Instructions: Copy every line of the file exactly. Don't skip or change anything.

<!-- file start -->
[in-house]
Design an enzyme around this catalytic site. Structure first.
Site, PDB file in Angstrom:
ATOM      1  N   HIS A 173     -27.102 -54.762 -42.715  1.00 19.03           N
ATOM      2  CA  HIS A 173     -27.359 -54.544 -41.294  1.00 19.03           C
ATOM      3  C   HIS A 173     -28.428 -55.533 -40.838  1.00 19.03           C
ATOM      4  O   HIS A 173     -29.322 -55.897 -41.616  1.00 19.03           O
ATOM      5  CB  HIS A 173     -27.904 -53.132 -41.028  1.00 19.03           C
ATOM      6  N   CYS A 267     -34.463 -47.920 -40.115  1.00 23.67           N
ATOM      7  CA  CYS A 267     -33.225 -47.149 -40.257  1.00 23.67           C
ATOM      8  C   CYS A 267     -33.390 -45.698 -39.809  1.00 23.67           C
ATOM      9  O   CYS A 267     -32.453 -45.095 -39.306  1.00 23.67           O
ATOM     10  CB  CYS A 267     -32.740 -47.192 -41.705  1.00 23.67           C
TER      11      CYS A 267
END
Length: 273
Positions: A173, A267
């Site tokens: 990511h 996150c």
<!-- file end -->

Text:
[in-house]
Design an enzyme around this catalytic site. Structure first.
Site, PDB file in Angstrom:
ATOM      1  N   HIS A 173     -27.102 -54.762 -42.715  1.00 19.03           N
ATOM      2  CA  HIS A 173     -27.359 -54.544 -41.294  1.00 19.03           C
ATOM      3  C   HIS A 173     -28.428 -55.533 -40.838  1.00 19.03           C
ATOM      4  O   HIS A 173     -29.322 -55.897 -41.616  1.00 19.03           O
ATOM      5  CB  HIS A 173     -27.904 -53.132 -41.028  1.00 19.03           C
ATOM      6  N   CYS A 267     -34.463 -47.920 -40.115  1.00 23.67           N
ATOM      7  CA  CYS A 267     -33.225 -47.149 -40.257  1.00 23.67           C
ATOM      8  C   CYS A 267     -33.390 -45.698 -39.809  1.00 23.67           C
ATOM      9  O   CYS A 267     -32.453 -45.095 -39.306  1.00 23.67           O
ATOM     10  CB  CYS A 267     -32.740 -47.192 -41.705  1.00 23.67           C
TER      11      CYS A 267
END
Length: 273
Positions: A173, A267
């Site tokens: 990511h 996150c």